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Dec 17

NYSUT supports governor’s advocacy for workers

ALBANY, N.Y. Dec. 17, 2018 — New York State United Teachers President Andy Pallotta today reacted to Gov. Andrew Cuomo’s address laying out his priorities for the 2019 legislative session:

“While the details are, obviously, critical, many of the ideas the governor outlined today line up with our own legislative ‘to do’ list.  We especially welcome Gov. Cuomo’s vow to protect workers — and public sector unions like NYSUT — against the corporations and billionaires who want to strip away our rights.  When workers do well, our state moves forward.  It’s that simple.”

New York State United Teachers is a statewide union with more than 600,000 members in education, human services and health care. NYSUT is affiliated with the American Federation of Teachers, the National Education Association and the AFL-CIO.

Dec 17

TEACH Grant loan relief available

If you’re an educator who had your federal TEACH Grant converted into an interest-bearing loan, you may be eligible for debt relief. The Education Department announced a plan in December to give teachers a second chance to have their loans converted back into grants if they can prove they met the program’s teaching requirements.

“What a relief,” said Morgan Jackson, a special education teacher in the Medina School District, who was slated to begin repaying nearly $17,400 in converted loans in January. After successfully submitting her TEACH Grant paperwork for the past two years, in June the Medina Teachers Association member was told her paperwork submission was one-day late, which automatically converted her grants to loans. Her requests for reconsideration fell on deaf ears.

“Thank you to everyone who spoke up and fought this battle,” she said. “I’m forever grateful.”

Since it began in 2008, the TEACH Grant program has recruited talented educators into hard-to-fill jobs in lower-income school districts. But improperly filed paperwork left many participants deep in debt after their grants were converted into loans. A Department of Education audit found that more than 12,000 educators had their grants switched to loans due errors made by the company hired to manage the program.

TEACH Grants require educators to submit paperwork annually for four years certifying that they teach in a low-income school. However, the paperwork is notoriously confusing and if participants submitted it late, or had missing information, they saw their grants converted into loans.

For details, visit

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We want to hear from you. Were you caught in the TEACH Grant net and will now go through the reconsideration process? Please share your stories at

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2019 Teacher of the Year finalist William Green, a member of the United Federation of Teachers, celebrates the recognition with his former teacher and mentor, Jane Kehoe-Higgins, left, a member of the Professional Staff Congress at CUNY, and Regents Chancellor Betty Rosa. Photo provided.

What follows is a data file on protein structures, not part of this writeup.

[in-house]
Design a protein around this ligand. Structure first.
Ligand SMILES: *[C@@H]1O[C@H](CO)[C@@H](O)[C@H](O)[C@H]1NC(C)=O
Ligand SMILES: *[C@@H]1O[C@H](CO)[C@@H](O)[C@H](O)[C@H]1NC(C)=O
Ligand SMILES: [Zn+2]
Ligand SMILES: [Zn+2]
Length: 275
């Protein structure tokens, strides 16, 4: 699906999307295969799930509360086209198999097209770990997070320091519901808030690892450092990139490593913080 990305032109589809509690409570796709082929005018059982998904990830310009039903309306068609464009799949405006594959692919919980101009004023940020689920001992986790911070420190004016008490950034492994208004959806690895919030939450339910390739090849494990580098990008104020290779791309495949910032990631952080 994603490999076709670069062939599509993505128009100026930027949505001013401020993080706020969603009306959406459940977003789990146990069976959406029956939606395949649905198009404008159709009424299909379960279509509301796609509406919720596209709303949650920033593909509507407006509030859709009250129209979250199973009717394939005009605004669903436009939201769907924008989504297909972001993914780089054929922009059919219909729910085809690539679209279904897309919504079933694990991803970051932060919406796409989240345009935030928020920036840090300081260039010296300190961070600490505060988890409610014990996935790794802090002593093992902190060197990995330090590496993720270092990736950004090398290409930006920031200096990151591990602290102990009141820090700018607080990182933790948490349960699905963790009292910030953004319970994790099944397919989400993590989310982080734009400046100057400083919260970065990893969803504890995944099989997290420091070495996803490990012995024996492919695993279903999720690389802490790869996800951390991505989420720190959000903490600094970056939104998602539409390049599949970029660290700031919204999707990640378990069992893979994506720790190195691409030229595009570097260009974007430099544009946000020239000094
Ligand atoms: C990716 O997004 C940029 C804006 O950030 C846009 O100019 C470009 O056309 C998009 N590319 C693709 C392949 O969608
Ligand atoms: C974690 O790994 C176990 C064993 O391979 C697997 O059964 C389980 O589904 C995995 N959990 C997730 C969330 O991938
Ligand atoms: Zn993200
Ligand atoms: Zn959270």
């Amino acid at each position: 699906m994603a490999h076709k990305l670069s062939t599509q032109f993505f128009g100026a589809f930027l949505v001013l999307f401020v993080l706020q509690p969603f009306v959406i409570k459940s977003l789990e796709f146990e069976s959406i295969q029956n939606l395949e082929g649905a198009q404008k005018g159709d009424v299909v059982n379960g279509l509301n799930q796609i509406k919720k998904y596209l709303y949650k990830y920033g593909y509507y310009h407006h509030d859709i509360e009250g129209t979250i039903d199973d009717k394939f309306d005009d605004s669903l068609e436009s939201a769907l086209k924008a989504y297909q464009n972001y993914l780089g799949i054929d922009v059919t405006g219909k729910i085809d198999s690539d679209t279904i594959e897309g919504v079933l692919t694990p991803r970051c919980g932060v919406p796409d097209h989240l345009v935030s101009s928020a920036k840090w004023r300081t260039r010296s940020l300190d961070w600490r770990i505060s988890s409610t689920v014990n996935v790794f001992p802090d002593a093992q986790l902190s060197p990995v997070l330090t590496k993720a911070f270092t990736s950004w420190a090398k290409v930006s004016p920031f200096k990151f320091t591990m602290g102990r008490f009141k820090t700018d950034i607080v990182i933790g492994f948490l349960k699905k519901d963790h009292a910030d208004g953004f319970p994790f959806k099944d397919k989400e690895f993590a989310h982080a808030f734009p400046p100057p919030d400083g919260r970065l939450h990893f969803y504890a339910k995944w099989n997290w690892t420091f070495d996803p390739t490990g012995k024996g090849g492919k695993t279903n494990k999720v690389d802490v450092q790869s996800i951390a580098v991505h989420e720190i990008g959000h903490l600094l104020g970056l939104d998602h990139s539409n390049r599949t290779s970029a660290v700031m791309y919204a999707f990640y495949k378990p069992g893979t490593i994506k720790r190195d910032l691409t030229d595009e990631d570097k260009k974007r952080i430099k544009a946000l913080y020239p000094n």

Dec 15

Teacher of the Year finalist shares his award with a special former teacher

When Teacher of the Year finalists are formally recognized by the Board of Regents, they typically bring their parents, spouse or a special student to join them for the big honor.

For Bronx science teacher William Green, the choice was unconventional but simple: He brought Jane Kehoe-Higgins, a former teacher who literally saved his life.

The moment was not lost on Regents Chancellor Betty Rosa, who invited Higgins to the front of the room to join Green for the emotional presentation.

“Billy just shared with me that this is the ninth grade teacher who saved him from the streets,” Rosa said. “Billy spent much of his childhood living on the streets and in shelters."

They posed for a photo and Rosa and Higgins dabbed away tears.

Truth be told, there have been a lot of tears — both sad and joyful — along Green’s journey to becoming one of two finalists for 2019 New York State Teacher of the Year.

He got off to a rough start with Higgins. The two met in an eighth grade summer school bridge program. Green said he was totally disrespectful and cursed Higgins out, telling her he didn’t need “some great white savior” like Michelle Pfeiffer in the movie “Dangerous Minds.” After three days of Green’s relentless interruptions, Higgins kicked him out.

‘‘This is not a mandatory program,” Higgins said. “You may leave. Now."

take a look at teaching

NYSUT's new "Take a Look at Teaching" initiative to strengthen teacher recruitment efforts and elevate the profession as a whole. LEARN MORE.

That summer Green did a lot of soul searching and wanted to start his high school career with a better attitude. But when he walked into first period class at his new school, he was shocked to see Higgins standing in front of his ninth-grade English class.

“Imagine out of 350 high schools in New York City, we ended up together again,” Green said. “I couldn’t believe it."

Looking back now, he believes their second chance together was meant to be.

“Jane was not only an amazing English teacher, she was relentless in terms of fighting for her students — both inside and outside the classroom,” Green said.

Aside from pushing him academically, Higgins made sure he had a winter coat and food since she knew he was living in shelters and squatting in buildings. She guided him toward books that helped him come to terms with his identity as a gay teenager. When his appendix ruptured, she met his mother, who struggled with heroin addiction, at the hospital and the two stayed in close touch.

“His mom made a great sacrifice by knowing she needed others to help as she battled the disease of addiction,” Higgins said. “Without her intelligence and love, Billy’s success and his place in this world wouldn’t have happened."

Higgins later met with his mother at jail and the two “conspired” to get him out of the city for college.

“We knew that if I stayed in the city, I would have ended up a drug dealer or dead,” he said.